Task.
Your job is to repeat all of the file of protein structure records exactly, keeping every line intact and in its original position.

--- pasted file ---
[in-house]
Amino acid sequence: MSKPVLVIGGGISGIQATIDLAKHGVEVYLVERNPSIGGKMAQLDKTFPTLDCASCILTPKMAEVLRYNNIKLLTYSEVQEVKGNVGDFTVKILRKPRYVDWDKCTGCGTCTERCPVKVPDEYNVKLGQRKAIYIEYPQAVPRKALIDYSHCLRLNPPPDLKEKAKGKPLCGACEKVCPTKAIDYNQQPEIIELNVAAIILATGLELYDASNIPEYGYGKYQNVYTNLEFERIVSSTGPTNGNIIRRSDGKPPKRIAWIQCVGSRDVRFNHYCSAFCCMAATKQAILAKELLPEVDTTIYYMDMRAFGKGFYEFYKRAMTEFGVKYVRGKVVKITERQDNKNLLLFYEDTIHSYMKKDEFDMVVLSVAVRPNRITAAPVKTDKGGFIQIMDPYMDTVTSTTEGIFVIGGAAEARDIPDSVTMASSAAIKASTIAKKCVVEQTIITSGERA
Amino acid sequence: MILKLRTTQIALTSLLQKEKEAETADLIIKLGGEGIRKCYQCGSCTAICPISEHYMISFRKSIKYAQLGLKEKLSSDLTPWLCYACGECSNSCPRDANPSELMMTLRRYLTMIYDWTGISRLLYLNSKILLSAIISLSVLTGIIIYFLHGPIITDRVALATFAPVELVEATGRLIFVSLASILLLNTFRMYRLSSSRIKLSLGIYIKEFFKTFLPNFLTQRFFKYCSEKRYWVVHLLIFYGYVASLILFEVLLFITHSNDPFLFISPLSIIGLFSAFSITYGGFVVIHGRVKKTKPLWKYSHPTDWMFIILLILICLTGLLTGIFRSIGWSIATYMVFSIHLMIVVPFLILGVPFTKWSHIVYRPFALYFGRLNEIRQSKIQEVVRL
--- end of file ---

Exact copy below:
[in-house]
Amino acid sequence: MSKPVLVIGGGISGIQATIDLAKHGVEVYLVERNPSIGGKMAQLDKTFPTLDCASCILTPKMAEVLRYNNIKLLTYSEVQEVKGNVGDFTVKILRKPRYVDWDKCTGCGTCTERCPVKVPDEYNVKLGQRKAIYIEYPQAVPRKALIDYSHCLRLNPPPDLKEKAKGKPLCGACEKVCPTKAIDYNQQPEIIELNVAAIILATGLELYDASNIPEYGYGKYQNVYTNLEFERIVSSTGPTNGNIIRRSDGKPPKRIAWIQCVGSRDVRFNHYCSAFCCMAATKQAILAKELLPEVDTTIYYMDMRAFGKGFYEFYKRAMTEFGVKYVRGKVVKITERQDNKNLLLFYEDTIHSYMKKDEFDMVVLSVAVRPNRITAAPVKTDKGGFIQIMDPYMDTVTSTTEGIFVIGGAAEARDIPDSVTMASSAAIKASTIAKKCVVEQTIITSGERA
Amino acid sequence: MILKLRTTQIALTSLLQKEKEAETADLIIKLGGEGIRKCYQCGSCTAICPISEHYMISFRKSIKYAQLGLKEKLSSDLTPWLCYACGECSNSCPRDANPSELMMTLRRYLTMIYDWTGISRLLYLNSKILLSAIISLSVLTGIIIYFLHGPIITDRVALATFAPVELVEATGRLIFVSLASILLLNTFRMYRLSSSRIKLSLGIYIKEFFKTFLPNFLTQRFFKYCSEKRYWVVHLLIFYGYVASLILFEVLLFITHSNDPFLFISPLSIIGLFSAFSITYGGFVVIHGRVKKTKPLWKYSHPTDWMFIILLILICLTGLLTGIFRSIGWSIATYMVFSIHLMIVVPFLILGVPFTKWSHIVYRPFALYFGRLNEIRQSKIQEVVRL